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  Thursday, July 2, 2020
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Some 65% of Russians said they backed Moscow's plans to place
Some 65% of Russians said they backed Moscow's plans to place short-range missiles in Russia's Kaliningrad Region, but were worried that the ties with the West would worsen following the move, an opinion poll said.

Russian President Dmitry Medvedev earlier threatened to deploy Iskander-M short-range missiles in the country's Kaliningrad exclave, which borders NATO members Poland and Lithuania, if the U.S. missile defense system was deployed in Central Europe.

The Levada Center's November survey said only 19% of the respondents said they did not support the plans, while 16% refused to answer.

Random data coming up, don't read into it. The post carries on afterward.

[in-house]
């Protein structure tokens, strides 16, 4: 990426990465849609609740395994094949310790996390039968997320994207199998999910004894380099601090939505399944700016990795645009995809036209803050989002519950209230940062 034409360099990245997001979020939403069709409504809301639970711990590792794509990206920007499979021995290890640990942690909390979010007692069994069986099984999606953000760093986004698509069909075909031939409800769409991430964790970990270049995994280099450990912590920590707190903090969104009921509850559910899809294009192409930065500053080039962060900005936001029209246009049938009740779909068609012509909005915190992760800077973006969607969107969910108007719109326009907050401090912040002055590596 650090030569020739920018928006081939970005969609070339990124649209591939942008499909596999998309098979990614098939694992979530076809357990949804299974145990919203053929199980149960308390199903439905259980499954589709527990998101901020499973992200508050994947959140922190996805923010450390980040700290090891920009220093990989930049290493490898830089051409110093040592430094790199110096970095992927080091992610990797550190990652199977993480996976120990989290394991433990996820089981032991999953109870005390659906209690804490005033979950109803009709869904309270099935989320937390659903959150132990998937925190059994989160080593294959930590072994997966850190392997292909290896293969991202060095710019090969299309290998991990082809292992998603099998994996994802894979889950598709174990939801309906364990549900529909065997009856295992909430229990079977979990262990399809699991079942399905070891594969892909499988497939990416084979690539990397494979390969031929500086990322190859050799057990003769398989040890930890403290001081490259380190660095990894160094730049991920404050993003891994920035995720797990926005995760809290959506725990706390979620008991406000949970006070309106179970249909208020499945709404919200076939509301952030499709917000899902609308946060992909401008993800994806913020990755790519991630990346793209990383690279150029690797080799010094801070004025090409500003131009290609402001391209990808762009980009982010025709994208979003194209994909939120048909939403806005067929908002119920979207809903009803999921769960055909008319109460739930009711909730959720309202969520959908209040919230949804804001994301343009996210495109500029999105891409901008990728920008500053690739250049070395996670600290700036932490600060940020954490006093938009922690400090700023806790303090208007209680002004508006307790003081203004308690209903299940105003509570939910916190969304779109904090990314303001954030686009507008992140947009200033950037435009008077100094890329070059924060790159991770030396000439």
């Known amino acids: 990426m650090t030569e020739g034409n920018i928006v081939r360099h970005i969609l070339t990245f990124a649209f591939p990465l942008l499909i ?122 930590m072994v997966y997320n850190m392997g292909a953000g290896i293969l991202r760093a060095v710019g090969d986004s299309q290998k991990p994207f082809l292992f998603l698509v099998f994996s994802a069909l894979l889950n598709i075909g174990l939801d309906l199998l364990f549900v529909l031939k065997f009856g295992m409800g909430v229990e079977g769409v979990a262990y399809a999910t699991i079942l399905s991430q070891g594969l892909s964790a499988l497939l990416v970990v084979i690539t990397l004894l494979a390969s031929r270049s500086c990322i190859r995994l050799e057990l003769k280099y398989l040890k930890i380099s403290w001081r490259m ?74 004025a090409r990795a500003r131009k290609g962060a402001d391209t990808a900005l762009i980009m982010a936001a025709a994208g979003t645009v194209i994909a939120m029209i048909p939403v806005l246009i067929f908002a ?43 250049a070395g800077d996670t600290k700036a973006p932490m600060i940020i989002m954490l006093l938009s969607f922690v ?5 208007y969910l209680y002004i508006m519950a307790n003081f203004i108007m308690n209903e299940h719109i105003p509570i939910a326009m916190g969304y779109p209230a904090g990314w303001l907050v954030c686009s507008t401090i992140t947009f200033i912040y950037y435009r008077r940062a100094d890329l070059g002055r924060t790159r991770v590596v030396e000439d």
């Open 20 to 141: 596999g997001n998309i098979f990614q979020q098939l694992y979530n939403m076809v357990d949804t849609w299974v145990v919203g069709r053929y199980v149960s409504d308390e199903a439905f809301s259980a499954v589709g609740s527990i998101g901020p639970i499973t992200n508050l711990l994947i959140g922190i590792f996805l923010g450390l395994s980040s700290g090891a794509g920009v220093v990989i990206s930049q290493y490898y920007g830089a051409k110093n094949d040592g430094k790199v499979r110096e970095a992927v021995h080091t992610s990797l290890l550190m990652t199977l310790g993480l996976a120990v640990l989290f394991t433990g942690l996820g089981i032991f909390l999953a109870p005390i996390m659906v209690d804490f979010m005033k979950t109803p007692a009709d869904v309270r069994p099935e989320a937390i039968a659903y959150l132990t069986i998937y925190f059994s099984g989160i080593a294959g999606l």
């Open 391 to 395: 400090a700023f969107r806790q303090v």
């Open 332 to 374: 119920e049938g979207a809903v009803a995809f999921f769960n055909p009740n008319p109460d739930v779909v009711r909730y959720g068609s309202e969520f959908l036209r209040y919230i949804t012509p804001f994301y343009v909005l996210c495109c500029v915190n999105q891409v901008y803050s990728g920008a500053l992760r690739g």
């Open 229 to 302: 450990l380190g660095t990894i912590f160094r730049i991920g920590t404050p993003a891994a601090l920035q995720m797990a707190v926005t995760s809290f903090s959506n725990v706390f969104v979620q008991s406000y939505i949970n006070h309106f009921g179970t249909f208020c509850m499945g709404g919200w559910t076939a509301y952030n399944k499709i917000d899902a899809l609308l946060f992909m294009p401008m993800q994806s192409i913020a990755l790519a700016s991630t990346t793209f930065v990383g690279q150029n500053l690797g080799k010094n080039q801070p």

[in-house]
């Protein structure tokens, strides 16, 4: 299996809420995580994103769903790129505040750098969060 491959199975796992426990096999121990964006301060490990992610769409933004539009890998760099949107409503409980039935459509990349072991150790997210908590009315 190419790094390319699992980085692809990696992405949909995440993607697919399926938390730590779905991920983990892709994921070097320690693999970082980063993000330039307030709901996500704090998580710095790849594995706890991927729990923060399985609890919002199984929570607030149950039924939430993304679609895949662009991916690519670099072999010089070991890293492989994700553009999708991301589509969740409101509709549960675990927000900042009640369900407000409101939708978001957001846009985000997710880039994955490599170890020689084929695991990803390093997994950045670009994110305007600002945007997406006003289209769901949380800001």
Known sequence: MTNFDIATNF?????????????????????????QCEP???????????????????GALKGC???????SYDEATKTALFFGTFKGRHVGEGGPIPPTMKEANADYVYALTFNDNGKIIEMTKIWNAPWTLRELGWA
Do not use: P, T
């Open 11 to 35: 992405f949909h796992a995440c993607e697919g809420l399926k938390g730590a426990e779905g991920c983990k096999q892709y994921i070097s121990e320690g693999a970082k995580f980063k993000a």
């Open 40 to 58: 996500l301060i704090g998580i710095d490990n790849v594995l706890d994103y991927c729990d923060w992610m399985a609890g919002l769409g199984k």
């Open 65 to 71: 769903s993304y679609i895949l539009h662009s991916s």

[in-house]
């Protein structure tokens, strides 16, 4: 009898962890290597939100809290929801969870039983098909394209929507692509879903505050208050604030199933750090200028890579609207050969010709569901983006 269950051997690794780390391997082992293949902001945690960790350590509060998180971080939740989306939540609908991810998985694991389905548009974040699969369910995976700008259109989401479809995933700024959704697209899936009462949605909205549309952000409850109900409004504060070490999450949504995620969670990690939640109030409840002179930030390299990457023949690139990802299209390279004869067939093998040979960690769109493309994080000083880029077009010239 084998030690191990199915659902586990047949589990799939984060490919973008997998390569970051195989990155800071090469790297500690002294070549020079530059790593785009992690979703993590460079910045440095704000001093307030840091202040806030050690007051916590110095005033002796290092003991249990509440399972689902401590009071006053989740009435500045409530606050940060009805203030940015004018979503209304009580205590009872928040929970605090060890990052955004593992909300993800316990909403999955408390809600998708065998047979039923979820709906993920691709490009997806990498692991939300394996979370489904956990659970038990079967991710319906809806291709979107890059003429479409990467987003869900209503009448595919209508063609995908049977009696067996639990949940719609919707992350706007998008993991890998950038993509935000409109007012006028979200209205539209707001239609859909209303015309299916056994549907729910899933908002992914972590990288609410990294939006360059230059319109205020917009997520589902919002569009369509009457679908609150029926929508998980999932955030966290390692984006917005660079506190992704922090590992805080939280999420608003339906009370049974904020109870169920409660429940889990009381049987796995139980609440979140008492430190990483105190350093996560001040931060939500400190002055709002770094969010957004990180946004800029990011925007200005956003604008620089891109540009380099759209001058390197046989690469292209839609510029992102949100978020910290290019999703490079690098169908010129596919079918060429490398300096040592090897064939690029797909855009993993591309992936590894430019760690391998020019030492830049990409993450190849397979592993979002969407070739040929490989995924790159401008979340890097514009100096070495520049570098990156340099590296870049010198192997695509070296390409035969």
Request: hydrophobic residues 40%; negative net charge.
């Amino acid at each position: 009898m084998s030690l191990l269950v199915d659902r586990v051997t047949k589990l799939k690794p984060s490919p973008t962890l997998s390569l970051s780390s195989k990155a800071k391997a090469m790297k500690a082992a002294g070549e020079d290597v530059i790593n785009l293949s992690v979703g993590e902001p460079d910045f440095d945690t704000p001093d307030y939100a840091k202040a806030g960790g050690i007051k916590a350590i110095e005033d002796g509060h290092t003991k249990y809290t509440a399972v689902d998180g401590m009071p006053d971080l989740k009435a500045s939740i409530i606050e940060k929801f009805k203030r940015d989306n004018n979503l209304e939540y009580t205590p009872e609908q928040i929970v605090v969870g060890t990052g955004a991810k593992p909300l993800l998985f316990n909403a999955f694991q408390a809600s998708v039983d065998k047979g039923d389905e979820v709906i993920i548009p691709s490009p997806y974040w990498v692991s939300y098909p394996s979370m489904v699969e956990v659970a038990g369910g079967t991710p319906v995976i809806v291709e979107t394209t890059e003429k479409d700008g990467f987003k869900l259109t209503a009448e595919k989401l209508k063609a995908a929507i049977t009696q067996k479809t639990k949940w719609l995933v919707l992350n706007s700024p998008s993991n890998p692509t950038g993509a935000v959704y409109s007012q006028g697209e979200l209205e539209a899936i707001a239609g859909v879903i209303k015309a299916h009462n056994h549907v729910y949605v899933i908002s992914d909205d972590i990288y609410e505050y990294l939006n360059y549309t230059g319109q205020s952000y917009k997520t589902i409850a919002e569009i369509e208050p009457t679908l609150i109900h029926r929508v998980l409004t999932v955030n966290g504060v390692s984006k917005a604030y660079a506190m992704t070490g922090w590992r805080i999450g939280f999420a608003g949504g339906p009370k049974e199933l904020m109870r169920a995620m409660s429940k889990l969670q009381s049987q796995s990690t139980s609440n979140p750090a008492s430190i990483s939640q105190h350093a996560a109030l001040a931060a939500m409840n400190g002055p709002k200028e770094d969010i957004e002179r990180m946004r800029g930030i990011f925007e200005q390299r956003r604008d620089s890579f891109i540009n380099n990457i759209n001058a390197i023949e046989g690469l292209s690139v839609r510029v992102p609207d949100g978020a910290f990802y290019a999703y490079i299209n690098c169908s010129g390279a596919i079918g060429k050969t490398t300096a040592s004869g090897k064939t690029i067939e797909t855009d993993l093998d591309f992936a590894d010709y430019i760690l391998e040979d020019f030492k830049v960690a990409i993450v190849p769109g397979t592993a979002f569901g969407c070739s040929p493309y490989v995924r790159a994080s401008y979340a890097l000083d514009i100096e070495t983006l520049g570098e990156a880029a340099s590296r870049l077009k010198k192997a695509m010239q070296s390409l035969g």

However, according to the survey, 59% of the respondents said that the relations between Russia and the West would deteriorate if Moscow deployed Iskander-M missiles, while 38% of the respondents said that there was "nothing serious in the move."

Another 21% of the respondents said that Moscow's plans were dangerous for both Russia and the rest of the world. Some 19% of the respondents said that they were not afraid of a worsening of relations between Russia and the West.

Moscow has fiercely opposed the planned deployment of 10 interceptor missiles in Poland and a radar in the Czech Republic saying they will pose a threat to its security. Washington has said the bases are needed to counter possible strikes from "rogue" states like Iran.


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